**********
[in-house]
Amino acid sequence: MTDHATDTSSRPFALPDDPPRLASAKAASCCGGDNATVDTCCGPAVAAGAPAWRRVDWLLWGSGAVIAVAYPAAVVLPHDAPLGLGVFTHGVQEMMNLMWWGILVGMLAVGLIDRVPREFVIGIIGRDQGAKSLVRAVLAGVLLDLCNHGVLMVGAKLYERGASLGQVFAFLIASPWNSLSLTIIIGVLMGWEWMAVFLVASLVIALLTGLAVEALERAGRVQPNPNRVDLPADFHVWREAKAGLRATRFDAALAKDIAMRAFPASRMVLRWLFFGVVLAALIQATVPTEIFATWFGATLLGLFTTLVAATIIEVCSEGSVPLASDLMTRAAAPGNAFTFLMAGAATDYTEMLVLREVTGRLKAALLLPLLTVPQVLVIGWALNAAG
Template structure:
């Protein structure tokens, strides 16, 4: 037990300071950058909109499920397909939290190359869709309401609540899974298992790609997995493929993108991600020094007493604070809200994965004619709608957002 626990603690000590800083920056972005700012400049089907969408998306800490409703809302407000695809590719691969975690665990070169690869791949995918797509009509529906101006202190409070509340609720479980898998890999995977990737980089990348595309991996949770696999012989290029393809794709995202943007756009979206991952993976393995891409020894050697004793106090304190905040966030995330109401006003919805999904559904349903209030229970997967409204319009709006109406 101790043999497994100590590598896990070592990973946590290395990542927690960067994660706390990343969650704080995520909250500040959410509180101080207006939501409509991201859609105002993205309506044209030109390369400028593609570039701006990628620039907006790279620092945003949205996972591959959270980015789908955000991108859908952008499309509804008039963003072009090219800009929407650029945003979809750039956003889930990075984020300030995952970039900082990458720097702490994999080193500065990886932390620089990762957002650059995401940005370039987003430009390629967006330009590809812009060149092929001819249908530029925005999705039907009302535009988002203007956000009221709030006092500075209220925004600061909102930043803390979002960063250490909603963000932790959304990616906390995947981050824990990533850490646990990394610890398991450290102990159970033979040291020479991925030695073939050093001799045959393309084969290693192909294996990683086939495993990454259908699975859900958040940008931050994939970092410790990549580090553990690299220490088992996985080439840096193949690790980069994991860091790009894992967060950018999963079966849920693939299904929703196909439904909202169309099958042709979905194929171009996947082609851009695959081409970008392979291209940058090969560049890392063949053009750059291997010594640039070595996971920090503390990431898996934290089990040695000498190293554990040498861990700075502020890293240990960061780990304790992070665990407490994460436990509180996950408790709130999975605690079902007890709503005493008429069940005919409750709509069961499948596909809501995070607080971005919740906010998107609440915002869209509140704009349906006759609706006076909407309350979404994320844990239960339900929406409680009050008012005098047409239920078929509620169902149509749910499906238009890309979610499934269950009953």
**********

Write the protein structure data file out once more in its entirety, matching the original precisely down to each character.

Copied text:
[in-house]
Amino acid sequence: MTDHATDTSSRPFALPDDPPRLASAKAASCCGGDNATVDTCCGPAVAAGAPAWRRVDWLLWGSGAVIAVAYPAAVVLPHDAPLGLGVFTHGVQEMMNLMWWGILVGMLAVGLIDRVPREFVIGIIGRDQGAKSLVRAVLAGVLLDLCNHGVLMVGAKLYERGASLGQVFAFLIASPWNSLSLTIIIGVLMGWEWMAVFLVASLVIALLTGLAVEALERAGRVQPNPNRVDLPADFHVWREAKAGLRATRFDAALAKDIAMRAFPASRMVLRWLFFGVVLAALIQATVPTEIFATWFGATLLGLFTTLVAATIIEVCSEGSVPLASDLMTRAAAPGNAFTFLMAGAATDYTEMLVLREVTGRLKAALLLPLLTVPQVLVIGWALNAAG
Template structure:
């Protein structure tokens, strides 16, 4: 037990300071950058909109499920397909939290190359869709309401609540899974298992790609997995493929993108991600020094007493604070809200994965004619709608957002 626990603690000590800083920056972005700012400049089907969408998306800490409703809302407000695809590719691969975690665990070169690869791949995918797509009509529906101006202190409070509340609720479980898998890999995977990737980089990348595309991996949770696999012989290029393809794709995202943007756009979206991952993976393995891409020894050697004793106090304190905040966030995330109401006003919805999904559904349903209030229970997967409204319009709006109406 101790043999497994100590590598896990070592990973946590290395990542927690960067994660706390990343969650704080995520909250500040959410509180101080207006939501409509991201859609105002993205309506044209030109390369400028593609570039701006990628620039907006790279620092945003949205996972591959959270980015789908955000991108859908952008499309509804008039963003072009090219800009929407650029945003979809750039956003889930990075984020300030995952970039900082990458720097702490994999080193500065990886932390620089990762957002650059995401940005370039987003430009390629967006330009590809812009060149092929001819249908530029925005999705039907009302535009988002203007956000009221709030006092500075209220925004600061909102930043803390979002960063250490909603963000932790959304990616906390995947981050824990990533850490646990990394610890398991450290102990159970033979040291020479991925030695073939050093001799045959393309084969290693192909294996990683086939495993990454259908699975859900958040940008931050994939970092410790990549580090553990690299220490088992996985080439840096193949690790980069994991860091790009894992967060950018999963079966849920693939299904929703196909439904909202169309099958042709979905194929171009996947082609851009695959081409970008392979291209940058090969560049890392063949053009750059291997010594640039070595996971920090503390990431898996934290089990040695000498190293554990040498861990700075502020890293240990960061780990304790992070665990407490994460436990509180996950408790709130999975605690079902007890709503005493008429069940005919409750709509069961499948596909809501995070607080971005919740906010998107609440915002869209509140704009349906006759609706006076909407309350979404994320844990239960339900929406409680009050008012005098047409239920078929509620169902149509749910499906238009890309979610499934269950009953």